Kabale District in the Spot Light for Neglecting HIV Infected Street Children

2876 Views Kabale, Western Region, Uganda

In short
Non Government Organizations and Kabale district local government are trading accusations for neglecting children living with HIV/Aids.

Non Government Organizations and Kabale district local government are trading accusations for neglecting children living with HIV/Aids.  Dr. Patrick Tusiime, Kabale District Health Officer says that in 2008 it was resolved that NGOs looking after street children establish their sero status to help the district support them.

He says that under the arrangement 15 street children were enrolled for ARVs at Kabale Referral Hospital. Dr Tusiime says that the policy has failed to work because of the high number of brief case NGO’s claiming to support street children in the district.
 

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 He claims that the NGO even failed to follow up and monitor the 15 children who put ARV treatment to ensure they comply with the treatment. Dr Tusiime believes that if the NGOs were effective they would have been able to collect sufficient data on the sero status of street children. Maurine Katusabe, Kabale District Probation officer says that her office has no budget to help her identified street children living with HIV/Aids.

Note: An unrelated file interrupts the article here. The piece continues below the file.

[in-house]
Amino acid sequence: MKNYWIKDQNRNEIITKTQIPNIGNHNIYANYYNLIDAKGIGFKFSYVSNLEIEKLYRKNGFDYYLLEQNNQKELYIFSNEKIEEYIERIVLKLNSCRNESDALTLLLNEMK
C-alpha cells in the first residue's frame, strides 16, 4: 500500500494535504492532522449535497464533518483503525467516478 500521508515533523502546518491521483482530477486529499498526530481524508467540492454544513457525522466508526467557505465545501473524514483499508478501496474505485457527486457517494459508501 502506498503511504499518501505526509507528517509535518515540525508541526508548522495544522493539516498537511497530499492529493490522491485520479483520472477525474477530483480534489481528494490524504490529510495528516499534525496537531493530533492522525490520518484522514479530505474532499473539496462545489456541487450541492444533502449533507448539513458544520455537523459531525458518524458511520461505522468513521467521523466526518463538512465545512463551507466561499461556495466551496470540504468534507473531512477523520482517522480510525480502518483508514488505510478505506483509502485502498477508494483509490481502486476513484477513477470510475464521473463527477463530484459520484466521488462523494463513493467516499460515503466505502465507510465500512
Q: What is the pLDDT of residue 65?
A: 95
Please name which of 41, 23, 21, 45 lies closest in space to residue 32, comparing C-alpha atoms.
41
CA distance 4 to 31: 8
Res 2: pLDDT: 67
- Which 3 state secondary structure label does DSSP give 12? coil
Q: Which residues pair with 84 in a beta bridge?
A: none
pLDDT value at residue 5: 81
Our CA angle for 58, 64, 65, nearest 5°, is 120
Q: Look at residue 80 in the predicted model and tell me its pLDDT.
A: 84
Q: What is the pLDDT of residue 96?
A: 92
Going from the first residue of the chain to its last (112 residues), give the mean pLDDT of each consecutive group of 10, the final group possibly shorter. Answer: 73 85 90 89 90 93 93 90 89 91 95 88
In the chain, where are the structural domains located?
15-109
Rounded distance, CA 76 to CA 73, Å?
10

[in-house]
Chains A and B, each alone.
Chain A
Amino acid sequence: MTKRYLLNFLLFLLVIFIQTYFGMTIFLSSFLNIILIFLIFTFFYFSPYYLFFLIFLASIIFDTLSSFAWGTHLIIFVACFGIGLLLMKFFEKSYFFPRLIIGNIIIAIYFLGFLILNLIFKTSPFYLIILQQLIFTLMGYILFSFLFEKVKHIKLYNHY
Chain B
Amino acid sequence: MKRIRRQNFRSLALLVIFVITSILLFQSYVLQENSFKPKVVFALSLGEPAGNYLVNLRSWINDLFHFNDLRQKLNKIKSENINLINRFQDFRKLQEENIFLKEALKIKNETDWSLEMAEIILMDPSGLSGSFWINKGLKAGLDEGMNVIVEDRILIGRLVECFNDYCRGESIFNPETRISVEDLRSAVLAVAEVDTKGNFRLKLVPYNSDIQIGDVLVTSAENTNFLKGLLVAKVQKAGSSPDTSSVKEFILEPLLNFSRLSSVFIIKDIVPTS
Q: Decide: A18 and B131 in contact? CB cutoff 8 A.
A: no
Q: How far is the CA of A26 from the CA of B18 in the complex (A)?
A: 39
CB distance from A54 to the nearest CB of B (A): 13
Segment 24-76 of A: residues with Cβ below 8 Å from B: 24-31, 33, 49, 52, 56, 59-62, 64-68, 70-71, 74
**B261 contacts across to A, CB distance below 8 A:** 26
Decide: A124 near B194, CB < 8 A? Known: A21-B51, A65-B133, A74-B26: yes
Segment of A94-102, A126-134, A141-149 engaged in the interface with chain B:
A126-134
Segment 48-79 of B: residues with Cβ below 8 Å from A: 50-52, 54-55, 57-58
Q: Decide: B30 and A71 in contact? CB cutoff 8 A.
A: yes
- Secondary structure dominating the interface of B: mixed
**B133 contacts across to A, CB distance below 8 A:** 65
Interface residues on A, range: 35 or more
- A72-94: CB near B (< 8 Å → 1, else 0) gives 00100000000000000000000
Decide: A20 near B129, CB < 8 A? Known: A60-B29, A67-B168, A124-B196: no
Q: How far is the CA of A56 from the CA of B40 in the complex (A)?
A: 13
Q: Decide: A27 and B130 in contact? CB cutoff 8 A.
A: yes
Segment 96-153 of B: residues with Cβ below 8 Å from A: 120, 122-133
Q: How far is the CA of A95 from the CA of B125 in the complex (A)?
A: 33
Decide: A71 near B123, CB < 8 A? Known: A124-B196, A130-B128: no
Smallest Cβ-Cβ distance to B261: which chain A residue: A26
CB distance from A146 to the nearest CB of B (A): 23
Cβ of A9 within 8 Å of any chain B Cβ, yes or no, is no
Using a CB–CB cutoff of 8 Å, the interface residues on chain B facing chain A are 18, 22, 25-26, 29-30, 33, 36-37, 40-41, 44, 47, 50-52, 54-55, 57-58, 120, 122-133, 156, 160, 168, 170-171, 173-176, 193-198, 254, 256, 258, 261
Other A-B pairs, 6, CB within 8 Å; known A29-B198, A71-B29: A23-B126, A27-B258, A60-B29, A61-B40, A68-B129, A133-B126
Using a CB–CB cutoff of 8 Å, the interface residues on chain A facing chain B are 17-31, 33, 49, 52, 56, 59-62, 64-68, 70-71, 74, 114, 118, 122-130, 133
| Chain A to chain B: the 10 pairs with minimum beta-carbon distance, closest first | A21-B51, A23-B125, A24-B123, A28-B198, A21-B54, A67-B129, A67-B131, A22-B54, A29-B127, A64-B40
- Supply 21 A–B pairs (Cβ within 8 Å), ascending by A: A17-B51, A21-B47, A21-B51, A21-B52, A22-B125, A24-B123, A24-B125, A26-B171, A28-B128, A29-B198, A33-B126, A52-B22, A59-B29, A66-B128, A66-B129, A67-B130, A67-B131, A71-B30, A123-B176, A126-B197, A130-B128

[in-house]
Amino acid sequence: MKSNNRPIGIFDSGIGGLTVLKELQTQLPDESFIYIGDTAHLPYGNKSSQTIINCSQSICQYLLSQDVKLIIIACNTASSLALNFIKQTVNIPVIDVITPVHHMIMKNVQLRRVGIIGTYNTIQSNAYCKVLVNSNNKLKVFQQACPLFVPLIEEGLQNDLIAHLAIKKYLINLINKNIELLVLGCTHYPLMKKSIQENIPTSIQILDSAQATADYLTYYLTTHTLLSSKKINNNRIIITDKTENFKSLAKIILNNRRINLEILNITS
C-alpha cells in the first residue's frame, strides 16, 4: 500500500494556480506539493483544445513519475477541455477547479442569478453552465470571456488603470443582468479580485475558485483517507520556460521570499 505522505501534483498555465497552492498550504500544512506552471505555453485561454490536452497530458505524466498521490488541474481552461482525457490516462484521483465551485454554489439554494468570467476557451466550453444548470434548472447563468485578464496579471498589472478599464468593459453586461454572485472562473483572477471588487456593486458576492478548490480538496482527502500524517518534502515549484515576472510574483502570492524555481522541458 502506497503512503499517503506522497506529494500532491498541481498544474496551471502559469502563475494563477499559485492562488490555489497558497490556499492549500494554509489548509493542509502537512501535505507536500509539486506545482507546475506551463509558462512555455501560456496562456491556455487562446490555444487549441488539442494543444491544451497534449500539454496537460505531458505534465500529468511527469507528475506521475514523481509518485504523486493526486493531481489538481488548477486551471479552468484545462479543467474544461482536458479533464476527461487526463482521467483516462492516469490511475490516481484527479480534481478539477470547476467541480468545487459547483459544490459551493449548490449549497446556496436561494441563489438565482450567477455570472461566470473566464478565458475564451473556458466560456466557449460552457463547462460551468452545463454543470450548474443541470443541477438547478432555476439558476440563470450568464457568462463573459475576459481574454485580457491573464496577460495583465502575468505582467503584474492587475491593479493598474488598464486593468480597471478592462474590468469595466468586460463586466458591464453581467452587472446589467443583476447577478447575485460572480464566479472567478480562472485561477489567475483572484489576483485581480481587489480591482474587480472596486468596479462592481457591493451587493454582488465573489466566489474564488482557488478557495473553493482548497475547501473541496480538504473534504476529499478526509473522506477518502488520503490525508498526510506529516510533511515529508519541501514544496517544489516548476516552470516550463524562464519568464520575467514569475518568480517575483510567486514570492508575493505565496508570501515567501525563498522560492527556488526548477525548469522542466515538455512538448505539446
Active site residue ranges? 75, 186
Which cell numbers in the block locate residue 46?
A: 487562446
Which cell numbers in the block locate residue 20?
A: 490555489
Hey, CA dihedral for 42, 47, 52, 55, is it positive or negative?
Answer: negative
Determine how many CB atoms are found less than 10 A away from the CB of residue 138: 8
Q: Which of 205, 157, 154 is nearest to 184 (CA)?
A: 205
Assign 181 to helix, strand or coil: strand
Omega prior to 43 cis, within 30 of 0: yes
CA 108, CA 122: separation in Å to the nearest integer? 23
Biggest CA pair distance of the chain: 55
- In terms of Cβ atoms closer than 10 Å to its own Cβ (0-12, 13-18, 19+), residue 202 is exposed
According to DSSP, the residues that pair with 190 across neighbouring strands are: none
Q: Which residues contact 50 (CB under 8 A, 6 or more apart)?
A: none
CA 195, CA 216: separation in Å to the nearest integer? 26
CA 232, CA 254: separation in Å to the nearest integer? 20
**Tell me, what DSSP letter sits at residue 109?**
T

She says that identifying HIV positive children is not a priority of her office unless they get some donor funding. Ronald Kasirikale, Manager Hector Foundation accuses the district of failing to work with them to identify street children living with HIV/Aids.  Kasirikale says that his organization used to facilitate organizations that would mobilize street children for Voluntary Counseling and Testing.


He says that the foundation used to provide transport and facilitation for the organizations to monitor street children put on ARV treatment. Leonard Byamukama of Children Rescue Voluntary Organization says that his organization is currently supporting 3 street children on ARV treatment at Kabale Referral hospital. He accuses the district of doing little to support them. Byamukama explains that most of the children are orphans who need food, shelter and mental rehabilitation.